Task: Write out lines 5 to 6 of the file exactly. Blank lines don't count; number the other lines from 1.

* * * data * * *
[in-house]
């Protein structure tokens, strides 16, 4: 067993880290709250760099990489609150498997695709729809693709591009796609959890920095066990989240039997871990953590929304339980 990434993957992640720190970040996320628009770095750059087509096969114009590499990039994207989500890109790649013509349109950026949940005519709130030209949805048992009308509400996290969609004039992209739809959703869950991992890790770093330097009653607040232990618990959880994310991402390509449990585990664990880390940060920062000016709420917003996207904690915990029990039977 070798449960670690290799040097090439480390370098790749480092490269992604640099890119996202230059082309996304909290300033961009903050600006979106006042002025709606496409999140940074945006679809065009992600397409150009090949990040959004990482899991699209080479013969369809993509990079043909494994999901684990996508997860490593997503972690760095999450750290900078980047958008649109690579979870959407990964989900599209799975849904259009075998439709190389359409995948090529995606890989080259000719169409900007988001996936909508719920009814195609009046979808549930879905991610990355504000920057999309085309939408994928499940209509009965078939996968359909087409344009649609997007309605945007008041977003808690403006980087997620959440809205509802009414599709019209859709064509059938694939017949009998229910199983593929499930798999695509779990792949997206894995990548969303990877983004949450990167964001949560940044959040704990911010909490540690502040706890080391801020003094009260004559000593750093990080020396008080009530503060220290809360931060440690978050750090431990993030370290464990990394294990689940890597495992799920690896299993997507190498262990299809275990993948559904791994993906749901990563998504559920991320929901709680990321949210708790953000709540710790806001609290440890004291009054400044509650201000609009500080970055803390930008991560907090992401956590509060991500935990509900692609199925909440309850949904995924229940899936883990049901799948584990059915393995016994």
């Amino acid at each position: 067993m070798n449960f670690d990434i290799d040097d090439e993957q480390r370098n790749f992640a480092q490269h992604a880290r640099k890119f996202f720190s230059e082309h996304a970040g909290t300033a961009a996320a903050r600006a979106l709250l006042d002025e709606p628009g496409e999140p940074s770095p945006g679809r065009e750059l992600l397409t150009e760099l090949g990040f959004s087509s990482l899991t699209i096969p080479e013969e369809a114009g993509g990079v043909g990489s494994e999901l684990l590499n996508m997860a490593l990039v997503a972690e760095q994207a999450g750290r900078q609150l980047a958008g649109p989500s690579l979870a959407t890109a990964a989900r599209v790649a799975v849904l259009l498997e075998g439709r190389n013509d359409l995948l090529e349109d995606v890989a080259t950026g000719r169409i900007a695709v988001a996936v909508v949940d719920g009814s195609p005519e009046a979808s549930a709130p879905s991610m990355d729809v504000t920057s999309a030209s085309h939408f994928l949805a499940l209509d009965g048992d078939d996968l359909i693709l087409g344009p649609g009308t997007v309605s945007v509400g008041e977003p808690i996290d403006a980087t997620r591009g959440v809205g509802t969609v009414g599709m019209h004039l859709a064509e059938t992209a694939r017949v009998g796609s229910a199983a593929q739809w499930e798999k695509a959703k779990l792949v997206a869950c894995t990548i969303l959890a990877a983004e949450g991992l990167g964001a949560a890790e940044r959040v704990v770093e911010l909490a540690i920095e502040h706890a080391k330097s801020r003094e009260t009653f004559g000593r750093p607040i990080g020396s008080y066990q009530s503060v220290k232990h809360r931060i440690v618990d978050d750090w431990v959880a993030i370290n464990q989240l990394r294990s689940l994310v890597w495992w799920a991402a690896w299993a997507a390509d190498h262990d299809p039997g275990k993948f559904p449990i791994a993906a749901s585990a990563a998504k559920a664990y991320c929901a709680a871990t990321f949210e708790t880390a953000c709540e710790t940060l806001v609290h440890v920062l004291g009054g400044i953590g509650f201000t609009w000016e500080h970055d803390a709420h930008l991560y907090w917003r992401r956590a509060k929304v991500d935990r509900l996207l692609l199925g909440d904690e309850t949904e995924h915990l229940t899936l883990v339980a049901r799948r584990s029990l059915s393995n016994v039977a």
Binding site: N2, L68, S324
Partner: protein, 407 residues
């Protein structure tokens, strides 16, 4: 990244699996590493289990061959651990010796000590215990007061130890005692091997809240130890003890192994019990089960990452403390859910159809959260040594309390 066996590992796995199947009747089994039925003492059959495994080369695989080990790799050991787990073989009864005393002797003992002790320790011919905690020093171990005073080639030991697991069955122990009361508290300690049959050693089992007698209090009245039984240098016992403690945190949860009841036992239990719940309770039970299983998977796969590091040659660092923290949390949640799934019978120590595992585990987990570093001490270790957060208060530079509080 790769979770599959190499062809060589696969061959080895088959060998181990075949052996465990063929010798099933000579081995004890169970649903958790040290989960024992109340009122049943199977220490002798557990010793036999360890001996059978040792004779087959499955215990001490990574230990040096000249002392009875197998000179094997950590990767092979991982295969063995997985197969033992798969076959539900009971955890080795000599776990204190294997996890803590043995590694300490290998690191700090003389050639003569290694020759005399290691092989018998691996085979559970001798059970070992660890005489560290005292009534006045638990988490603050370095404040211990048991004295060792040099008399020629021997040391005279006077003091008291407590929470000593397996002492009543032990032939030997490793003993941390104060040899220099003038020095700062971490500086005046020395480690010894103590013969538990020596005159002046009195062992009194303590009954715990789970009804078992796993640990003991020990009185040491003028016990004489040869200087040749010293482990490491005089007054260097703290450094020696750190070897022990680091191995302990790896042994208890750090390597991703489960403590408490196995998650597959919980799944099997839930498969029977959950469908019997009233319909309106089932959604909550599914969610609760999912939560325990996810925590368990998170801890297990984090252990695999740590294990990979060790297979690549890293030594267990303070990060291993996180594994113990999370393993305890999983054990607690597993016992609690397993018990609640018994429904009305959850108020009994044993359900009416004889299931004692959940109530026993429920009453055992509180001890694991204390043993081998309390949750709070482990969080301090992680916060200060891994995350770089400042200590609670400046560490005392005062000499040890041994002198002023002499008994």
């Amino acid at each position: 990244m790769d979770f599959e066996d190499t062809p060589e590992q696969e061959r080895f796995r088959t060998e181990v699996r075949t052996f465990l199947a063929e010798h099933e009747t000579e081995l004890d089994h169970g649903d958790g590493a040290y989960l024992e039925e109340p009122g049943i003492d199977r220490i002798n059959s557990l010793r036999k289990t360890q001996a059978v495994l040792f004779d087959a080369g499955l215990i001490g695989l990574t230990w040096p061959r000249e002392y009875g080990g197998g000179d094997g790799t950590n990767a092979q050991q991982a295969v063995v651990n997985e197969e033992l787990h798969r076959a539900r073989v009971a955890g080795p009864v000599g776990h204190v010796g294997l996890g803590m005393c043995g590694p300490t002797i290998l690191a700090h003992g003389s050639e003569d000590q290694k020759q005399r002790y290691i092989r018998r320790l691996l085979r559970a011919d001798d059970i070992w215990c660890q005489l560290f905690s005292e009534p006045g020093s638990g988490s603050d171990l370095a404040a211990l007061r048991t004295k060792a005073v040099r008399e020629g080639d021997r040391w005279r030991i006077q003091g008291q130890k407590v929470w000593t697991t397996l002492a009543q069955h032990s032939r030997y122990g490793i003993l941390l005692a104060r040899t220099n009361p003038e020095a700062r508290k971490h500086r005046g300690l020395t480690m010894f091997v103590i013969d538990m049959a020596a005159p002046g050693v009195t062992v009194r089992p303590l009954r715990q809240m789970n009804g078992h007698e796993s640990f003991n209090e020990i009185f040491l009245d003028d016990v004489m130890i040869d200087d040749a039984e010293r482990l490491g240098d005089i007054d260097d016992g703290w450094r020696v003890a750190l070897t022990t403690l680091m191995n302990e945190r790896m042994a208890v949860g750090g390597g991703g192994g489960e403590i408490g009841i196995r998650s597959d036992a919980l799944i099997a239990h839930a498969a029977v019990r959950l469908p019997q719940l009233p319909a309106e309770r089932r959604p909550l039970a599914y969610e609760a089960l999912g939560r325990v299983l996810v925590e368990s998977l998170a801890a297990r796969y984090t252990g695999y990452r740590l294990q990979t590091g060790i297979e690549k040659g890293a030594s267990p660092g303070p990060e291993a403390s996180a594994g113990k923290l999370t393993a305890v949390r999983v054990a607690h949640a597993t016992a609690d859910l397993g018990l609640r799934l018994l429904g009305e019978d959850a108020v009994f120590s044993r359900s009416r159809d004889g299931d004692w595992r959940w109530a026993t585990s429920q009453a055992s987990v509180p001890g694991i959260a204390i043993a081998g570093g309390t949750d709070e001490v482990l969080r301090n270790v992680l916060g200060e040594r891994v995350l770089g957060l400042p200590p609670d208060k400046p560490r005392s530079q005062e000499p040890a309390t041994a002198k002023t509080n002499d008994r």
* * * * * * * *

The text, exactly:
Partner: protein, 407 residues
């Protein structure tokens, strides 16, 4: 990244699996590493289990061959651990010796000590215990007061130890005692091997809240130890003890192994019990089960990452403390859910159809959260040594309390 066996590992796995199947009747089994039925003492059959495994080369695989080990790799050991787990073989009864005393002797003992002790320790011919905690020093171990005073080639030991697991069955122990009361508290300690049959050693089992007698209090009245039984240098016992403690945190949860009841036992239990719940309770039970299983998977796969590091040659660092923290949390949640799934019978120590595992585990987990570093001490270790957060208060530079509080 790769979770599959190499062809060589696969061959080895088959060998181990075949052996465990063929010798099933000579081995004890169970649903958790040290989960024992109340009122049943199977220490002798557990010793036999360890001996059978040792004779087959499955215990001490990574230990040096000249002392009875197998000179094997950590990767092979991982295969063995997985197969033992798969076959539900009971955890080795000599776990204190294997996890803590043995590694300490290998690191700090003389050639003569290694020759005399290691092989018998691996085979559970001798059970070992660890005489560290005292009534006045638990988490603050370095404040211990048991004295060792040099008399020629021997040391005279006077003091008291407590929470000593397996002492009543032990032939030997490793003993941390104060040899220099003038020095700062971490500086005046020395480690010894103590013969538990020596005159002046009195062992009194303590009954715990789970009804078992796993640990003991020990009185040491003028016990004489040869200087040749010293482990490491005089007054260097703290450094020696750190070897022990680091191995302990790896042994208890750090390597991703489960403590408490196995998650597959919980799944099997839930498969029977959950469908019997009233319909309106089932959604909550599914969610609760999912939560325990996810925590368990998170801890297990984090252990695999740590294990990979060790297979690549890293030594267990303070990060291993996180594994113990999370393993305890999983054990607690597993016992609690397993018990609640018994429904009305959850108020009994044993359900009416004889299931004692959940109530026993429920009453055992509180001890694991204390043993081998309390949750709070482990969080301090992680916060200060891994995350770089400042200590609670400046560490005392005062000499040890041994002198002023002499008994």